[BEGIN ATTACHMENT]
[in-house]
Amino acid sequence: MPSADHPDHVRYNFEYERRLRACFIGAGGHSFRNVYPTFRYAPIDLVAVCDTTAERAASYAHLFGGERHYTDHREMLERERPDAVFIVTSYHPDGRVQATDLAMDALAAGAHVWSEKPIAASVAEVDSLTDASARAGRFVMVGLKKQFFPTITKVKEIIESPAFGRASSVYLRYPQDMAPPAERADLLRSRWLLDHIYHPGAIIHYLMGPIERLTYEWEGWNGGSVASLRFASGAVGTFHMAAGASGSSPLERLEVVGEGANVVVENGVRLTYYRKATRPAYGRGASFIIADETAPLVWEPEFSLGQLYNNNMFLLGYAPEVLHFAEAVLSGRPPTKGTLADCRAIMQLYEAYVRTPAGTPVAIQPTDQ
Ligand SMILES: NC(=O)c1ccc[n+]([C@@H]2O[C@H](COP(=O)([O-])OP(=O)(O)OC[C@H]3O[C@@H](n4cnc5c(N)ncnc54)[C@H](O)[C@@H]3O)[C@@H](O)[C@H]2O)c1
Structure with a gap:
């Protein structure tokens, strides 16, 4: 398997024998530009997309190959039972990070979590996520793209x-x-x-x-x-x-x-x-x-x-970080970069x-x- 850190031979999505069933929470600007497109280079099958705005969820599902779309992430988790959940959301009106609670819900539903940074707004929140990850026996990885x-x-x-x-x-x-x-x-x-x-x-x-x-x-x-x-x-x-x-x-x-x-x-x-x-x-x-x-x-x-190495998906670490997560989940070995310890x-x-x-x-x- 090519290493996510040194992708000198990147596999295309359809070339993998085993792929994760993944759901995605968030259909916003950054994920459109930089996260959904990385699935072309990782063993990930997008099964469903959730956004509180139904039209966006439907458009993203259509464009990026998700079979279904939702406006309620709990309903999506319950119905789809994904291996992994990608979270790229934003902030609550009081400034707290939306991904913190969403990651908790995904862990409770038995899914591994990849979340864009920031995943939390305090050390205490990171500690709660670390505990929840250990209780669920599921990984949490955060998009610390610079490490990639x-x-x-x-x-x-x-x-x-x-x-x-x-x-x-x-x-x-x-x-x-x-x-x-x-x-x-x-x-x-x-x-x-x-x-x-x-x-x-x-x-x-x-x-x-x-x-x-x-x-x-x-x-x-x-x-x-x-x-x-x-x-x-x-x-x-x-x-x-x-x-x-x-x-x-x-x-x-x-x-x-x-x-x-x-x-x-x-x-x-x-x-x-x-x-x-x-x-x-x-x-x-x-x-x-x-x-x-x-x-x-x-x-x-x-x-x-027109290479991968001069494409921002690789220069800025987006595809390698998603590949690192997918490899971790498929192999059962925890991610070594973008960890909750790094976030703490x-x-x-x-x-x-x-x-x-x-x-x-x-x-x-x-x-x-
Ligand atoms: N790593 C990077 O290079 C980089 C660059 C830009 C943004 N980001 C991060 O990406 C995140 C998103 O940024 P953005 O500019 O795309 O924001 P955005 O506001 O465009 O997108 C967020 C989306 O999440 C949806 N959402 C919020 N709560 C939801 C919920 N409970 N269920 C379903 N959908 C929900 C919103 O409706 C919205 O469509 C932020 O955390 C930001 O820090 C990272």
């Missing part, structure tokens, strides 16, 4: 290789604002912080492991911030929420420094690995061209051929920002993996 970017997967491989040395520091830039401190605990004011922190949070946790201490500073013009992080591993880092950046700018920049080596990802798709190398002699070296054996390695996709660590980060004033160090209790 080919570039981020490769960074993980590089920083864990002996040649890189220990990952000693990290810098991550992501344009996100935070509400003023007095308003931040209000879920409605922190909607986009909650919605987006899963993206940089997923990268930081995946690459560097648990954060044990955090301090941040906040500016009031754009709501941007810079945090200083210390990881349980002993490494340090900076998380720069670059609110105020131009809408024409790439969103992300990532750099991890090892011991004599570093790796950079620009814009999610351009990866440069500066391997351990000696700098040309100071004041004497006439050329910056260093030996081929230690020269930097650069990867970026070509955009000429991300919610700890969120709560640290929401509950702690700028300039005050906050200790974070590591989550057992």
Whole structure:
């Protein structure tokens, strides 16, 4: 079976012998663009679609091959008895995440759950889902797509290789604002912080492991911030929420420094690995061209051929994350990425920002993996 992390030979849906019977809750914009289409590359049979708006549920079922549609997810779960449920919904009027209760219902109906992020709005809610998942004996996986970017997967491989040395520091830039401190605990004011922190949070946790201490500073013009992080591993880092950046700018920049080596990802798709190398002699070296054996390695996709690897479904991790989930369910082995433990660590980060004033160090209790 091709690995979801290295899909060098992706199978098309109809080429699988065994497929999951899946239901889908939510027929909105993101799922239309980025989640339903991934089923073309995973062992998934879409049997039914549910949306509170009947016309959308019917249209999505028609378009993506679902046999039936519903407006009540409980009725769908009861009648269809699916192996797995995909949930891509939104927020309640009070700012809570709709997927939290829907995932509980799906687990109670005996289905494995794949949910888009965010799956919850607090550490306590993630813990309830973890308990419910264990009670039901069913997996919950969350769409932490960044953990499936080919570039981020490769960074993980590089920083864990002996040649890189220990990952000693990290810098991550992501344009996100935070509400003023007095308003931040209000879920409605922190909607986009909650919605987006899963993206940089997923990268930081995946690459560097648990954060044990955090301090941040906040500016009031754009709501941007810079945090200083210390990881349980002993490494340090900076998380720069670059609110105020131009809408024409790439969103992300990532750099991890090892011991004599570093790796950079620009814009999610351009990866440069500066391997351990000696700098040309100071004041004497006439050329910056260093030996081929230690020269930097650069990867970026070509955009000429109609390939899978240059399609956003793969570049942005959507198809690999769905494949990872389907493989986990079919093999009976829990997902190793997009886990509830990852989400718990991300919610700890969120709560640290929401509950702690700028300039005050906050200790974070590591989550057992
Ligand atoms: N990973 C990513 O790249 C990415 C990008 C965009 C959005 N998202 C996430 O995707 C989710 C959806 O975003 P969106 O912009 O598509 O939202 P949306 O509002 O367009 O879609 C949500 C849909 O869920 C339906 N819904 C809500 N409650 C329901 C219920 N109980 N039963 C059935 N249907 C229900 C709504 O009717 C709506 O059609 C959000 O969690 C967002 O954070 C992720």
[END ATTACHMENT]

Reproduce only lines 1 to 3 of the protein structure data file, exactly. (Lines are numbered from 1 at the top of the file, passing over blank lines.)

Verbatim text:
[in-house]
Amino acid sequence: MPSADHPDHVRYNFEYERRLRACFIGAGGHSFRNVYPTFRYAPIDLVAVCDTTAERAASYAHLFGGERHYTDHREMLERERPDAVFIVTSYHPDGRVQATDLAMDALAAGAHVWSEKPIAASVAEVDSLTDASARAGRFVMVGLKKQFFPTITKVKEIIESPAFGRASSVYLRYPQDMAPPAERADLLRSRWLLDHIYHPGAIIHYLMGPIERLTYEWEGWNGGSVASLRFASGAVGTFHMAAGASGSSPLERLEVVGEGANVVVENGVRLTYYRKATRPAYGRGASFIIADETAPLVWEPEFSLGQLYNNNMFLLGYAPEVLHFAEAVLSGRPPTKGTLADCRAIMQLYEAYVRTPAGTPVAIQPTDQ
Ligand SMILES: NC(=O)c1ccc[n+]([C@@H]2O[C@H](COP(=O)([O-])OP(=O)(O)OC[C@H]3O[C@@H](n4cnc5c(N)ncnc54)[C@H](O)[C@@H]3O)[C@@H](O)[C@H]2O)c1